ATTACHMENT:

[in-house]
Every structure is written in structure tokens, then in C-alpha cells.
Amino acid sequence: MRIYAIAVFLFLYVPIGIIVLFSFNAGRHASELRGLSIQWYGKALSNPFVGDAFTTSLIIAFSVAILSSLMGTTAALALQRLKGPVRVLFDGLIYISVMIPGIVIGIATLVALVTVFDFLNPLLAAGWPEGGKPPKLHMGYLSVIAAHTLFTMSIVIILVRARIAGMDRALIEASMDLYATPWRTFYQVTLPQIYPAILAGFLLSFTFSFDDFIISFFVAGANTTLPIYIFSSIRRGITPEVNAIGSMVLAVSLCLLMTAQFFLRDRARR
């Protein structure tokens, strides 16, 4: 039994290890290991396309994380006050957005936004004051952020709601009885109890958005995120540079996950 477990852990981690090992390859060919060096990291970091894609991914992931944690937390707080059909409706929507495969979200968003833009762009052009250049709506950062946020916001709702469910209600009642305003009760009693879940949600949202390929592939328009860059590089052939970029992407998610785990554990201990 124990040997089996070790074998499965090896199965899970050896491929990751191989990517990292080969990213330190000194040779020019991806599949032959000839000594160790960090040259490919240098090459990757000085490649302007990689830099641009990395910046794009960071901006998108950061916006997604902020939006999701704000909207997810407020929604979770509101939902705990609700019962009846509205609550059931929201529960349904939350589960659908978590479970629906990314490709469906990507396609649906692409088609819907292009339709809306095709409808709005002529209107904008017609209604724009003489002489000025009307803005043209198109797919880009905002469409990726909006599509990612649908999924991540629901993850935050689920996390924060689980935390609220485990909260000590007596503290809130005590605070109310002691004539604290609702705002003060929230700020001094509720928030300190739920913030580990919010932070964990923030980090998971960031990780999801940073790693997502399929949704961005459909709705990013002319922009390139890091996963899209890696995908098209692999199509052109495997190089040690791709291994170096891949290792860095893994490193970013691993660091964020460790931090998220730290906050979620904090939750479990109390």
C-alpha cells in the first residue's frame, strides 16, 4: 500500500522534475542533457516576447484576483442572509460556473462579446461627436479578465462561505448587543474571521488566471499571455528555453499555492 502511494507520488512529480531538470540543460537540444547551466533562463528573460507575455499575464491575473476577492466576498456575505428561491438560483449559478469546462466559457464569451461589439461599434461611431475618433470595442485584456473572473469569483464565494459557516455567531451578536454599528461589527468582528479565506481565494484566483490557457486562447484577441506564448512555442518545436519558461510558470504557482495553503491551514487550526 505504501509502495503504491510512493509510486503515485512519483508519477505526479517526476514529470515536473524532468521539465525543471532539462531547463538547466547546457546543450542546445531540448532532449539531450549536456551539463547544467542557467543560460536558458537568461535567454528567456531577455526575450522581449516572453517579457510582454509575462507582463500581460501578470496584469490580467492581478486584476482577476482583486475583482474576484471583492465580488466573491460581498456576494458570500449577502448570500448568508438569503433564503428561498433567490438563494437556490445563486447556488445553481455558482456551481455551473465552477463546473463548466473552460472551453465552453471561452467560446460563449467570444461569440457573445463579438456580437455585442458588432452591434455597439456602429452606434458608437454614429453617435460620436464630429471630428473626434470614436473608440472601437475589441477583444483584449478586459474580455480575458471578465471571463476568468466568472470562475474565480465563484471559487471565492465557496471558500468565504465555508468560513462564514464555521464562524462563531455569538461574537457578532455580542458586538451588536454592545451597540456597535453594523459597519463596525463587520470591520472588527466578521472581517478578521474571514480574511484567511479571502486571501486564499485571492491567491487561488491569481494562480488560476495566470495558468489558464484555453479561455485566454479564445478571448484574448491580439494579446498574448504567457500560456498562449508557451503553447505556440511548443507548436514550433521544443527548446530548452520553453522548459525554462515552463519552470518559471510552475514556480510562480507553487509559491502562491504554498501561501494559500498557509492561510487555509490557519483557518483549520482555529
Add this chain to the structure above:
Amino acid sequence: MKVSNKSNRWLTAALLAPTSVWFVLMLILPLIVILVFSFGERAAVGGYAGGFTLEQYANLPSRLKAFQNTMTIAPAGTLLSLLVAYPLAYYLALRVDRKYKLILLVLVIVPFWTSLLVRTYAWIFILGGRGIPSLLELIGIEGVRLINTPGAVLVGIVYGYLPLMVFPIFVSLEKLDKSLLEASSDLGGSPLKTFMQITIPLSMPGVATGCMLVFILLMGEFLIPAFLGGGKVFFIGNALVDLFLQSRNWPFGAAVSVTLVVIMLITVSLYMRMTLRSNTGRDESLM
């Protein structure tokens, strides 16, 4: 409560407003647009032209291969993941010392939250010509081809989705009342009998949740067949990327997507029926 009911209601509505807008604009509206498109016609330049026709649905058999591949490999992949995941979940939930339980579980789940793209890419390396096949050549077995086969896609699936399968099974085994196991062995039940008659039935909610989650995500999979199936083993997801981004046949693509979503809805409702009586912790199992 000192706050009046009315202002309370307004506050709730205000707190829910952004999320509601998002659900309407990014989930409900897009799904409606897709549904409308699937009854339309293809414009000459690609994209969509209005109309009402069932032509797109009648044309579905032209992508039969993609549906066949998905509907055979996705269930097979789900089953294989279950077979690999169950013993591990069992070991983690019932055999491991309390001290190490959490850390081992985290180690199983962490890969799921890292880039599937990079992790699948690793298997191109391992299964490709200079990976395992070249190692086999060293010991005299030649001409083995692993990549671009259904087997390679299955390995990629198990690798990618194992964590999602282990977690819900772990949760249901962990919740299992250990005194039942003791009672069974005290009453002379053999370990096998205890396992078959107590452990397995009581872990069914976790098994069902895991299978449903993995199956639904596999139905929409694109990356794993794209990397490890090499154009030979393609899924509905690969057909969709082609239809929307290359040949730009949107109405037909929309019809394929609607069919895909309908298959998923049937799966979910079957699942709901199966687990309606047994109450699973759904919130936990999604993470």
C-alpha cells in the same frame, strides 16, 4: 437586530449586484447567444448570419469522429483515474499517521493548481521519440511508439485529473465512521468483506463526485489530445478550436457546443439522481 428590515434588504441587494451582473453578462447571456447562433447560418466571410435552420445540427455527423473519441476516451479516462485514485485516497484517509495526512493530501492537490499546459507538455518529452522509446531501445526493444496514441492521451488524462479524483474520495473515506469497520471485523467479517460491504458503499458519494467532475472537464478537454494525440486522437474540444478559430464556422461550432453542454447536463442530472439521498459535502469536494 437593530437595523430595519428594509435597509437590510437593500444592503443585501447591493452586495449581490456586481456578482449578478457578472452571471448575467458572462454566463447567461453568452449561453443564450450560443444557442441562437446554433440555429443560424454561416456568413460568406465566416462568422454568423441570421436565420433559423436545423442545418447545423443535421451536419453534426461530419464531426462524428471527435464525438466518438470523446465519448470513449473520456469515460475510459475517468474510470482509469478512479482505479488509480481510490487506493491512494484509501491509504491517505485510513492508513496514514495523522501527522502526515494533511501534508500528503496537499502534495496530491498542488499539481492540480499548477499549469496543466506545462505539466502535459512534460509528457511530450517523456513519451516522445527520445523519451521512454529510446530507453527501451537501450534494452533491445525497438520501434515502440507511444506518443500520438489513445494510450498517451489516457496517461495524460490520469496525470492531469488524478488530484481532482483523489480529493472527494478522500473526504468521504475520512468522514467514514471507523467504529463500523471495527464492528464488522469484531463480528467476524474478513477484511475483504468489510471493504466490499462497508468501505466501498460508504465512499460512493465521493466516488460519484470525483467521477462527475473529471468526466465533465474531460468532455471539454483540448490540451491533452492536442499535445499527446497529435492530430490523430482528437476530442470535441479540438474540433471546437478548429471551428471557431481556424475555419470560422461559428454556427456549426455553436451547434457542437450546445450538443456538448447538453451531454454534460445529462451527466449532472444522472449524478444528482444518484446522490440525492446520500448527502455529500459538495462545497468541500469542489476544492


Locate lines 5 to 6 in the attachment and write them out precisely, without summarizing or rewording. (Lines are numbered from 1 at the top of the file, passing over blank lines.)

C-alpha cells in the first residue's frame, strides 16, 4: 500500500522534475542533457516576447484576483442572509460556473462579446461627436479578465462561505448587543474571521488566471499571455528555453499555492 502511494507520488512529480531538470540543460537540444547551466533562463528573460507575455499575464491575473476577492466576498456575505428561491438560483449559478469546462466559457464569451461589439461599434461611431475618433470595442485584456473572473469569483464565494459557516455567531451578536454599528461589527468582528479565506481565494484566483490557457486562447484577441506564448512555442518545436519558461510558470504557482495553503491551514487550526 505504501509502495503504491510512493509510486503515485512519483508519477505526479517526476514529470515536473524532468521539465525543471532539462531547463538547466547546457546543450542546445531540448532532449539531450549536456551539463547544467542557467543560460536558458537568461535567454528567456531577455526575450522581449516572453517579457510582454509575462507582463500581460501578470496584469490580467492581478486584476482577476482583486475583482474576484471583492465580488466573491460581498456576494458570500449577502448570500448568508438569503433564503428561498433567490438563494437556490445563486447556488445553481455558482456551481455551473465552477463546473463548466473552460472551453465552453471561452467560446460563449467570444461569440457573445463579438456580437455585442458588432452591434455597439456602429452606434458608437454614429453617435460620436464630429471630428473626434470614436473608440472601437475589441477583444483584449478586459474580455480575458471578465471571463476568468466568472470562475474565480465563484471559487471565492465557496471558500468565504465555508468560513462564514464555521464562524462563531455569538461574537457578532455580542458586538451588536454592545451597540456597535453594523459597519463596525463587520470591520472588527466578521472581517478578521474571514480574511484567511479571502486571501486564499485571492491567491487561488491569481494562480488560476495566470495558468489558464484555453479561455485566454479564445478571448484574448491580439494579446498574448504567457500560456498562449508557451503553447505556440511548443507548436514550433521544443527548446530548452520553453522548459525554462515552463519552470518559471510552475514556480510562480507553487509559491502562491504554498501561501494559500498557509492561510487555509490557519483557518483549520482555529
Add this chain to the structure above: